Day 162, Year 2: Tour of Ouvea
Date: Wednesday, October 3, 2007
Weather: Another Absolutely Gorgeous Day
Location: Mouli, Island of ouvea in the Loyalties, New Caledonia

Villages here are called tribus, and today we visited most every tribu on the island. We rented a car for half a day and left Mouli around 11 AM. There is one main road on the island that runs north to south. And in fact, at times the island is so narrow that there is little more than the width for a two-lane road. We headed north and made a stop on the north side of the Mouli bridge. We had been here with our bikes yesterday, and the view was so spectacular that we wanted to take it in one
more time. Yesterday there was a heron standing on the beach and he acted as if he owned it. I wanted to see if he was still there today. He was not in his spot, but soon after we arrived he came walking out on the beach to the exact same spot where we saw him yesterday. Maybe he does own the beach! We then went to Camping de Lekine to drop off a packet for Ranger. They had met a man yesterday and taken some pictures of him. He wanted copies and they had arranged for him to pick them at Camping
de Lekine. With that done, our next stop was just a little north where we turned right off the main road to go back to see the cliffs at a spot where you can walk across the bay at low tide. Valerie at Camping de Lekine had told us about this spot and it was special. The bay is narrow and shallow and even though it was not low tide, it looked like we could walk across anyway. We opted not to, but we got some great pictures of the cliffs with stalactites and stalagmites hanging from the sides.
We also saw a couple of little green birds in the trees that we thought might be the green parakeet (Eunymphicus Uvaeensis) that is endemic to the island. It is also endangered and hard to find, so maybe we were seeing something else. I tried to get photos, but they were very elusive little things.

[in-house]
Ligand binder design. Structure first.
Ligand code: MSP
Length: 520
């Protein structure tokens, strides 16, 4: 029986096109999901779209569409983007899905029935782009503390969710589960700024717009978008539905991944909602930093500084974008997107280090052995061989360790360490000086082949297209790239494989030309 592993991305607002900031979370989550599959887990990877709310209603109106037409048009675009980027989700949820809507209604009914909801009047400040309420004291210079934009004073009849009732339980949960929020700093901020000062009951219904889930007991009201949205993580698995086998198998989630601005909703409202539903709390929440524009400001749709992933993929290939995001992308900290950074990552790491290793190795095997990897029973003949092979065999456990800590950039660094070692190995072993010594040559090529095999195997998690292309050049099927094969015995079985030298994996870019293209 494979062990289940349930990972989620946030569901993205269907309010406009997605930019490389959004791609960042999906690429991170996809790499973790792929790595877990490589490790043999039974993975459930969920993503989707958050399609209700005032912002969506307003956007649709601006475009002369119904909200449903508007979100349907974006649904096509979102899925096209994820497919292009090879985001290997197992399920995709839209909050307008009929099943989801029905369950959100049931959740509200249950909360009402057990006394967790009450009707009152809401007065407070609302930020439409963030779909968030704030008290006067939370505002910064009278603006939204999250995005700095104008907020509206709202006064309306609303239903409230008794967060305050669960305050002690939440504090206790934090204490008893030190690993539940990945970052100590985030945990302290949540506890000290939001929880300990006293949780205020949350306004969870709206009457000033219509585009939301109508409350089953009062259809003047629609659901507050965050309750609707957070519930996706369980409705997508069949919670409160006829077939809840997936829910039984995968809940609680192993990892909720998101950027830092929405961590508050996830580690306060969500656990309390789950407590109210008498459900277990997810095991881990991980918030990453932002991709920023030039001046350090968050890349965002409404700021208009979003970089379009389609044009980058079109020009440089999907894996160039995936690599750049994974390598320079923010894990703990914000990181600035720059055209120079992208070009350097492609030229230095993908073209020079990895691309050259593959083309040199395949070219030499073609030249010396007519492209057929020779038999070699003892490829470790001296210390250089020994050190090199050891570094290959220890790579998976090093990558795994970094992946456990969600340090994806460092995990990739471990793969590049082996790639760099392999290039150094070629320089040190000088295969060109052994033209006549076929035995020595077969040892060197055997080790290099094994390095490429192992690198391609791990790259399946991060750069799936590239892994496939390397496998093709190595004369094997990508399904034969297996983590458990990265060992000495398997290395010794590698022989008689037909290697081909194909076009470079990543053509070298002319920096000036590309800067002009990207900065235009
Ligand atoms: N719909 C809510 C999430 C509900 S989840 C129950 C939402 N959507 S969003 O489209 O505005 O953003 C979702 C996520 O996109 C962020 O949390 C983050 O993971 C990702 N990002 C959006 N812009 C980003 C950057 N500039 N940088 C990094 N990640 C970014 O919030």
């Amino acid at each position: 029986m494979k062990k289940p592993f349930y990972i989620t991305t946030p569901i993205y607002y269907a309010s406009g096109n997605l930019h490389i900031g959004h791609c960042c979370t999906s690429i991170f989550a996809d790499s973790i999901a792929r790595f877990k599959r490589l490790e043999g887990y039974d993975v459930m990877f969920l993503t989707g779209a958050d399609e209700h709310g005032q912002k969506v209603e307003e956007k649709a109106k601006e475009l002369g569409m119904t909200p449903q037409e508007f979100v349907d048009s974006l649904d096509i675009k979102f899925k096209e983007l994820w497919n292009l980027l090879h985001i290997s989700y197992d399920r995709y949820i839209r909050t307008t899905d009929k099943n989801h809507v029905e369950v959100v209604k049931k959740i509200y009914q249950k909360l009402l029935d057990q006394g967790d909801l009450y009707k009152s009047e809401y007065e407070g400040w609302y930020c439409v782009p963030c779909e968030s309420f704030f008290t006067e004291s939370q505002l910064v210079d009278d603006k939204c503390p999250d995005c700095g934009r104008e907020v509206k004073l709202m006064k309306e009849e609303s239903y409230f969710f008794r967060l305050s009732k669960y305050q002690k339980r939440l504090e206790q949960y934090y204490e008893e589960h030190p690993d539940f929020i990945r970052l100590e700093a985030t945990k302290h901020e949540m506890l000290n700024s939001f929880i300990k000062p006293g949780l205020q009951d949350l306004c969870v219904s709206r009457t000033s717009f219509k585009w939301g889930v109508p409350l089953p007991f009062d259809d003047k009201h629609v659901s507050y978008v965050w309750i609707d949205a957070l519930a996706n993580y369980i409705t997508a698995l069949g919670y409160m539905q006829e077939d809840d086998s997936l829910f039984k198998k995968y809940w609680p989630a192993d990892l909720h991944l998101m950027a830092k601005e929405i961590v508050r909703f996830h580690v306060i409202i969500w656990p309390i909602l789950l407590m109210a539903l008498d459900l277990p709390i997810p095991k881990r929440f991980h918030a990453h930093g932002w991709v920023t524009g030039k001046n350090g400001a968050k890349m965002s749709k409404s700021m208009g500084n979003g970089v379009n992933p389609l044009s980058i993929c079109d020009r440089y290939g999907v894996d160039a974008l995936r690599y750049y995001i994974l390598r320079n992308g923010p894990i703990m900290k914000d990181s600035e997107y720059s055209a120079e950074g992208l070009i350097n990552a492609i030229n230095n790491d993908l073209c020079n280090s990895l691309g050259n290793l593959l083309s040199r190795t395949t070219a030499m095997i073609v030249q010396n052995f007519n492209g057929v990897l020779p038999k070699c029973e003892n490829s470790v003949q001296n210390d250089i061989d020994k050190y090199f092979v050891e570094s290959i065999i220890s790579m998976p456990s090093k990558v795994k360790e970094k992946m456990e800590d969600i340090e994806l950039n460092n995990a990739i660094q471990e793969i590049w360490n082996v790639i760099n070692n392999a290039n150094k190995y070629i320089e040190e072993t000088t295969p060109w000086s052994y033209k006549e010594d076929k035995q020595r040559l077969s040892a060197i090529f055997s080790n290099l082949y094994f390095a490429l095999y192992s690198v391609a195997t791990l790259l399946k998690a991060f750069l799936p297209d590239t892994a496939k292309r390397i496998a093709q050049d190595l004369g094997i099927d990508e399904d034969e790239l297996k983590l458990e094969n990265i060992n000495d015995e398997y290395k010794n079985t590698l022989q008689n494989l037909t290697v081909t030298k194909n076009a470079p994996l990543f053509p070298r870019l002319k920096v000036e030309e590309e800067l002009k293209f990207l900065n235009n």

The next stop was in Fayaoue which serves as the business center for the island. There are grocery stores, gas stations, a couple of restaurants, and an airport. We wanted to visit the caves out near the airport, the Grotte de Kong Houloup, so we followed the directions for getting there that we had read in the Lonely Planet. The directions led us to the end of a road where we got out and walked and sure enough, the trail led us to the caves. The openings were small, but when we looked inside,
it looked like you could crawl around and explore for quite some time. We just took pictures and enjoyed the area. There were more butterflies flitting around than we have seen anywhere across the Pacific. There was an orange and black butterfly that looked very much like a Monarch, and a beautiful little white and black butterfly. There were others, but these two were the most abundant. There was lots of pink and orange lantana, so it was butterfly heaven.

It was time for lunch, so we stopped at a place by the lagoon named Snack Champagne. No one spoke English and we surely don’t speak French, so ordering was a bit challenging. We decided to have what the person before us had been served. It ended up to be a raw fish salad with coconut milk and it was delicious. But it was served with french fries and rice and was more than either of us could eat. Everything else in the area was closed for lunch, so we decided to head on north and return to Fayaoue
on the way home to check out the grocery store. The gas station was open and we had our dinghy gas tanks with us to fill, but we also decided to do that on the way home. So on north we went.